Official Report Slams Canada Over Environment
OTTAWA Canadians are being forced to drink unsafe water, fish stocks are endangered and national parks are under threat because Ottawa is doing a very poor job of protecting the environment, according to an official report issued Thursday.
The stinging document by Johanne Gelinas, Canada's environment commissioner, makes grim reading for a Liberal government already under fire for what critics say is its patchy environmental record.
Gelinas said government initiatives on ensuring sustainable development were regularly undermined by bad management.
"A recurring theme throughout this year's report is that the federal government suffers from a chronic inability to see its own initiatives to completion. It starts out but rarely, if ever, reaches the finish line," she wrote.
"This is not good news, given the mounting evidence that we are on an unsustainable path."
Gelinas blamed government mismanagement for serious problems with water quality, especially among aboriginals living on reserves where living conditions are poor.
"Not all Canadians can assume that their drinking water in always safe. The government is not working hard enough to protect Canadians from unsafe drinking water," she said.
Budget cuts meant that health inspectors were no longer examining water on board airliners, which posed a potential risk to millions of passengers, she added.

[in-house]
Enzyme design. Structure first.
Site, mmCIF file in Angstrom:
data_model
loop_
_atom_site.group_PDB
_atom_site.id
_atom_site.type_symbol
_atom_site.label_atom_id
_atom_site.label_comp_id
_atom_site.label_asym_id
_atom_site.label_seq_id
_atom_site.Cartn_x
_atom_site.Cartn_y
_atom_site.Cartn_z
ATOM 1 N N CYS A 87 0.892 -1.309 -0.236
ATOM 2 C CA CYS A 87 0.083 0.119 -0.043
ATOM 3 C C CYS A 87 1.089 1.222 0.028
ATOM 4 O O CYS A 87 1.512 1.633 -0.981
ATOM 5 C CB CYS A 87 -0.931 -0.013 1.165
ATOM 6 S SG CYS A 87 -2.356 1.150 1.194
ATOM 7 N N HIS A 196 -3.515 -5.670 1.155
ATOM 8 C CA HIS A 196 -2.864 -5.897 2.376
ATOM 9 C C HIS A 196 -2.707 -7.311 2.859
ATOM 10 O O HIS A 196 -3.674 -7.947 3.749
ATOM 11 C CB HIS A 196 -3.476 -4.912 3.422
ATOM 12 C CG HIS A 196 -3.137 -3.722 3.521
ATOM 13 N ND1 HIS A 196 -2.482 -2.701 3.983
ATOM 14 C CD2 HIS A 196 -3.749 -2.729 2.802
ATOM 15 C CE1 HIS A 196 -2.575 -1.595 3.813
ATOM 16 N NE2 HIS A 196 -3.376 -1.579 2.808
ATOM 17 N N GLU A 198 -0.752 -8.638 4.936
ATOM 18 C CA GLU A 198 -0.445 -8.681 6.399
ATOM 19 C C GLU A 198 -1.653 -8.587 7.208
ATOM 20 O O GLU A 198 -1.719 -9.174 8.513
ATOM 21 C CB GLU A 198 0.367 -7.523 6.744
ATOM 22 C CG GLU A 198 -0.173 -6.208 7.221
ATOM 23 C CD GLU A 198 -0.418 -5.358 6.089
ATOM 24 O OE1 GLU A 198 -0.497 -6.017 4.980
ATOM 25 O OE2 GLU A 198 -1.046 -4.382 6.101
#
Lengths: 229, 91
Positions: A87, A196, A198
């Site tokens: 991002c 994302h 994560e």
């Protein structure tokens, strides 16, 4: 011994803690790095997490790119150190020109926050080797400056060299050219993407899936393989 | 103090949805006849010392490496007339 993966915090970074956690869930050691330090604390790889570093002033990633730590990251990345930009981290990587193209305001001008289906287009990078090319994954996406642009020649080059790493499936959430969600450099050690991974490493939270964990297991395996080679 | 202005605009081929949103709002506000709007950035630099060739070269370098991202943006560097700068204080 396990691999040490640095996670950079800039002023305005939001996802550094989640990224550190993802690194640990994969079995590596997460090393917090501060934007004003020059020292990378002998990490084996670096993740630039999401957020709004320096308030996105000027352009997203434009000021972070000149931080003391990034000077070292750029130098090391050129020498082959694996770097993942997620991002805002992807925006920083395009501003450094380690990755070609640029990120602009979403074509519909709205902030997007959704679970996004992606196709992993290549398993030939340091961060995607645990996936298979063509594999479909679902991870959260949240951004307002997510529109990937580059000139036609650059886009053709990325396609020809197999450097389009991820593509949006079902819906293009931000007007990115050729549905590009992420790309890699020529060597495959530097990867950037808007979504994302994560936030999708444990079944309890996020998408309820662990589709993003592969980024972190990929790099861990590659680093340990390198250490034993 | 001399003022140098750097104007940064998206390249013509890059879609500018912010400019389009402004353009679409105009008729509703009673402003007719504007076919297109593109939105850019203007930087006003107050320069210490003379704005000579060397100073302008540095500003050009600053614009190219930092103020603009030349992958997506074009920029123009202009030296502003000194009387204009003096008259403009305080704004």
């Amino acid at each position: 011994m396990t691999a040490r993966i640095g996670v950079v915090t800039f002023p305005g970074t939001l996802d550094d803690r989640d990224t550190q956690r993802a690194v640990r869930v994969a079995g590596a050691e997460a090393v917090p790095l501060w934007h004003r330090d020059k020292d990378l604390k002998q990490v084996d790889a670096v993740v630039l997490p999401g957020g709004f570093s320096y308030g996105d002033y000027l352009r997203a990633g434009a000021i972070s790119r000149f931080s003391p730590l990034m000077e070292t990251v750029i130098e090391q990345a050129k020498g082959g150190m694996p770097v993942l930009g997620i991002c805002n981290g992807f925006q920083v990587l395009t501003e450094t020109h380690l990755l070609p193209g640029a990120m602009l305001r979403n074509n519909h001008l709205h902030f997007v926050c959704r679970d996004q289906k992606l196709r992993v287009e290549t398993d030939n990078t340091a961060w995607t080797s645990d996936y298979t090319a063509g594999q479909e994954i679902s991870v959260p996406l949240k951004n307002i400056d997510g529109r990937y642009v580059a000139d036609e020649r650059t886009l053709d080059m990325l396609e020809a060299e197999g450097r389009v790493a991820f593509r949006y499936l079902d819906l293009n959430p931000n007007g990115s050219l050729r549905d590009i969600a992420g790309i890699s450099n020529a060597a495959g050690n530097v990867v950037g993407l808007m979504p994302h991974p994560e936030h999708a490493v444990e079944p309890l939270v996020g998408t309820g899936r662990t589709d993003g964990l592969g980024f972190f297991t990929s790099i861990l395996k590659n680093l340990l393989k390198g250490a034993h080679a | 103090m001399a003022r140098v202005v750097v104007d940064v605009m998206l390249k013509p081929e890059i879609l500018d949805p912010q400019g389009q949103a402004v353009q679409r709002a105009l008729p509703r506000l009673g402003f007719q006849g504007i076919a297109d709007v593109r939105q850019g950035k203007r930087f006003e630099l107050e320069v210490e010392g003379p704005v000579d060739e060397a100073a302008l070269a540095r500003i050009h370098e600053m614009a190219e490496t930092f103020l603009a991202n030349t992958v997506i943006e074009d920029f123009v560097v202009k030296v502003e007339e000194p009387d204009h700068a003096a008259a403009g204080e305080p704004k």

The report is bad publicity for Ottawa as its prepares to host an international meeting in November on how to draw up a successor to the Kyoto accord on climate change.
The existing agreement obliges Canada to cut the output of greenhouse gases by 6 percent from 1990 levels by 2012 but Canada's overall emissions in 2003 were in fact 24 percent above 1990 levels.
Rick Smith, director of the Environmental Defence group, said that in the course of a decade Canada had become an international environmental delinquent.
"Canada is at the bottom of the barrel when it comes to environmental performance among industrialized nations," he told Reuters.
"The federal government is completely out of step with where Canadians are at on the environment... Canadians have let (Ottawa) get away with talk as opposed to action."
Environment Minister Stephane Dion is due to comment on the report later Thursday.
Gelinas was particularly critical of Ottawa's long-standing failure to follow its own plans to set up marine areas to protect shrinking fish stocks.
She also said inadequate planning for an increased number of visitors meant "the health of Canada's national parks is in danger", while the federal government -- which spent C$13 billion ($11 billion) on goods and services in 2003 -- should insist suppliers were committed to sustainable development.
"It is astounding that the government has been promising a policy to direct departments to green their procurement for over a decade -- and the policy is still not ready," she said.